A clergy friend of mine is reading Scot McKnight’s The King Jesus Gospel. My friend says that McKnight argues that we evangelicals have misunderstood the gospel in at least one important way: we overemphasize individual salvation through Christ’s atoning death and resurrection at the expense of the rest of the gospel, including most of the red-letter words of Jesus.
While I haven’t read this particular book by McKnight, I’ve been a daily reader of McKnight’s blog for the past five years, and I’m well familiar with his criticism of what he calls the “soterian gospel,” a gospel centered mostly on individual salvation rather than a more robust kingdom-centered approach.
Nevertheless, as I told my friend, I believe that McKnight overstates his case—in precisely the same way that N.T. Wright overstates his case about popular talk of “heaven” versus resurrection, what Wright often calls “life after life after death.” Even in the Billy Graham sermon from 1962 that I posted on my blog last week, Graham emphasizes “heaven” as an embodied existence. He says explicitly that heaven doesn’t mean the end of our world, but the beginning of a renewed world. In other words, while Graham doesn’t use the word “resurrection” to describe our lives on the other side of death or the Second Coming, the doctrine is there beneath the surface.
My point is, all of us preachers have shorthand ways of referring to deep theological truths—and there’s nothing wrong with that! What’s the alternative? My 25-minute sermons would be 45 minutes if I had to explain all the nuances of every theological statement I make. I have opportunities on this blog and in Bible studies to go deeper, which I do.
My friend goes on to say that McKnight must be onto something because, after all, Jesus proclaimed the gospel (Mark 1:15) at the beginning of his ministry. What was he proclaiming? Given what Matthew, Mark, and Luke tell us, not his atoning death and resurrection.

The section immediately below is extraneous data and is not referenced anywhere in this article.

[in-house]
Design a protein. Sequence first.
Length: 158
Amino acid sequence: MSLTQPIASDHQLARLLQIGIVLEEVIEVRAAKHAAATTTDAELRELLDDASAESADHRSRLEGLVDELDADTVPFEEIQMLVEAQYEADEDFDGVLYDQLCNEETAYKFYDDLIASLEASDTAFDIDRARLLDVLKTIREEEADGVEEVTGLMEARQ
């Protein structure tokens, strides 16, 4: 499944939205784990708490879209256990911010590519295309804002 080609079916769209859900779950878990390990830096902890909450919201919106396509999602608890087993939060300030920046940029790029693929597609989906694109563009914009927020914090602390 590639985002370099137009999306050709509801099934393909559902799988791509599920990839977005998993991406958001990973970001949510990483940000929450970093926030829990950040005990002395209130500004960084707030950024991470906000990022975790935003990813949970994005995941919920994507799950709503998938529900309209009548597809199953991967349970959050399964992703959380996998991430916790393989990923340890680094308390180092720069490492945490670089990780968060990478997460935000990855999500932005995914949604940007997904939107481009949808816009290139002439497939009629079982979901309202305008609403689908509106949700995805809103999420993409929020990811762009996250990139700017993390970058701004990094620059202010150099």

And that’s true, although to press the point too far is to argue from silence. We know for sure that Jesus speaks of his death and resurrection in all four Gospels, and his closest disciples misunderstand him. Whatever Jesus did or didn’t say about these subjects early in his ministry would have been lost on the multitudes.
Still, I concede that Jesus was mostly proclaiming humanity’s need for repentance in response to God’s kingdom, which had drawn near to us in him, Jesus. He was proclaiming, from Isaiah, release for the captives, recovery of sight to the blind, and liberation to the oppressed. And more than anything, he was proclaiming that through him God’s forgiveness was available to all.
Do faithful Christian preachers somehow contradict any of this message even as they emphasize Christ’s atoning death and resurrection?
Of course not! Indeed, everything Jesus said in his gospel looks ahead to and is made possible by his atoning death and resurrection. See Jesus’ many statements in John’s Gospel about his coming “hour,” or, in several places, when he speaks of being “lifted up.” (For example, John 3:14-15: “And as Moses lifted up the serpent in the wilderness, so must the Son of Man be lifted up, that whoever believes in him may have eternal life.”)
Surely no one would argue that John’s Gospel gets Jesus’ message of good news wrong!
As for the emphasis on “personal salvation,” how could we not emphasize its personal nature when the stakes for us, individually, are so high? Doesn’t it mean the difference between heaven and hell? Even in the Gospels, Jesus is constantly calling individuals to repentance and salvation. Our decision to appropriate this good news in our life is the most important decision any of us can make in life—and continue to make throughout life.
Am I missing something? Thoughts?